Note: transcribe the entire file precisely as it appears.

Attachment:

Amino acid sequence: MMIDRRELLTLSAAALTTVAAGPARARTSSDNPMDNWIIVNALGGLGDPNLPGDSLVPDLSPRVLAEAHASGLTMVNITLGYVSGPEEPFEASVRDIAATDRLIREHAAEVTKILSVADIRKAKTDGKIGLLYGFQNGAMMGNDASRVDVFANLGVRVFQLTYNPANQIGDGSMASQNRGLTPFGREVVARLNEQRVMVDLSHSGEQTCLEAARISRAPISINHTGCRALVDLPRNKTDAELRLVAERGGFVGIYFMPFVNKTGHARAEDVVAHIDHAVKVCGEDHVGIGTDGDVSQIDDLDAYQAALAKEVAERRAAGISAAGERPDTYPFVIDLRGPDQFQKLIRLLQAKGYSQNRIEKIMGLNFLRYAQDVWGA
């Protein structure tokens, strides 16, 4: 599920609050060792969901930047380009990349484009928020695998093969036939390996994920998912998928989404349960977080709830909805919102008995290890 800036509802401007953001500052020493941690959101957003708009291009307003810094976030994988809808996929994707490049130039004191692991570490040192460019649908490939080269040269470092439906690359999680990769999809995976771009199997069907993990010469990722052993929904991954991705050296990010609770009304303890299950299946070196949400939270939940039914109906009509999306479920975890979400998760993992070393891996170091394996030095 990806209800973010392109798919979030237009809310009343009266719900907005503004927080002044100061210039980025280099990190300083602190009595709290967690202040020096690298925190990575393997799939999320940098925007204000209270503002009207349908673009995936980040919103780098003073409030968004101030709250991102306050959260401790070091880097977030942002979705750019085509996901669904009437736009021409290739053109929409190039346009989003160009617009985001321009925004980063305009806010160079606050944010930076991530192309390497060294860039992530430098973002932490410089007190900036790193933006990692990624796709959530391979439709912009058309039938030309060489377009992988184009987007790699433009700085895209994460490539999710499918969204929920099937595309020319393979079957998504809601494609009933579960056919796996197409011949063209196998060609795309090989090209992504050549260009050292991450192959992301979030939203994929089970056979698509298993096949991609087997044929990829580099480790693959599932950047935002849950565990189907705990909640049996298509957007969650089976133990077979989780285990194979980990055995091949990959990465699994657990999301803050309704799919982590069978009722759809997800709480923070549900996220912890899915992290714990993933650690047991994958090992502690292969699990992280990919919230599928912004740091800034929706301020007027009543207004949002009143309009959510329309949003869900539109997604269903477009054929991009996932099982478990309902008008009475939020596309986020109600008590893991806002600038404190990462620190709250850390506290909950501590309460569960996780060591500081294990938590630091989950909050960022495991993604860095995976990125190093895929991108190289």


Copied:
Amino acid sequence: MMIDRRELLTLSAAALTTVAAGPARARTSSDNPMDNWIIVNALGGLGDPNLPGDSLVPDLSPRVLAEAHASGLTMVNITLGYVSGPEEPFEASVRDIAATDRLIREHAAEVTKILSVADIRKAKTDGKIGLLYGFQNGAMMGNDASRVDVFANLGVRVFQLTYNPANQIGDGSMASQNRGLTPFGREVVARLNEQRVMVDLSHSGEQTCLEAARISRAPISINHTGCRALVDLPRNKTDAELRLVAERGGFVGIYFMPFVNKTGHARAEDVVAHIDHAVKVCGEDHVGIGTDGDVSQIDDLDAYQAALAKEVAERRAAGISAAGERPDTYPFVIDLRGPDQFQKLIRLLQAKGYSQNRIEKIMGLNFLRYAQDVWGA
């Protein structure tokens, strides 16, 4: 599920609050060792969901930047380009990349484009928020695998093969036939390996994920998912998928989404349960977080709830909805919102008995290890 800036509802401007953001500052020493941690959101957003708009291009307003810094976030994988809808996929994707490049130039004191692991570490040192460019649908490939080269040269470092439906690359999680990769999809995976771009199997069907993990010469990722052993929904991954991705050296990010609770009304303890299950299946070196949400939270939940039914109906009509999306479920975890979400998760993992070393891996170091394996030095 990806209800973010392109798919979030237009809310009343009266719900907005503004927080002044100061210039980025280099990190300083602190009595709290967690202040020096690298925190990575393997799939999320940098925007204000209270503002009207349908673009995936980040919103780098003073409030968004101030709250991102306050959260401790070091880097977030942002979705750019085509996901669904009437736009021409290739053109929409190039346009989003160009617009985001321009925004980063305009806010160079606050944010930076991530192309390497060294860039992530430098973002932490410089007190900036790193933006990692990624796709959530391979439709912009058309039938030309060489377009992988184009987007790699433009700085895209994460490539999710499918969204929920099937595309020319393979079957998504809601494609009933579960056919796996197409011949063209196998060609795309090989090209992504050549260009050292991450192959992301979030939203994929089970056979698509298993096949991609087997044929990829580099480790693959599932950047935002849950565990189907705990909640049996298509957007969650089976133990077979989780285990194979980990055995091949990959990465699994657990999301803050309704799919982590069978009722759809997800709480923070549900996220912890899915992290714990993933650690047991994958090992502690292969699990992280990919919230599928912004740091800034929706301020007027009543207004949002009143309009959510329309949003869900539109997604269903477009054929991009996932099982478990309902008008009475939020596309986020109600008590893991806002600038404190990462620190709250850390506290909950501590309460569960996780060591500081294990938590630091989950909050960022495991993604860095995976990125190093895929991108190289």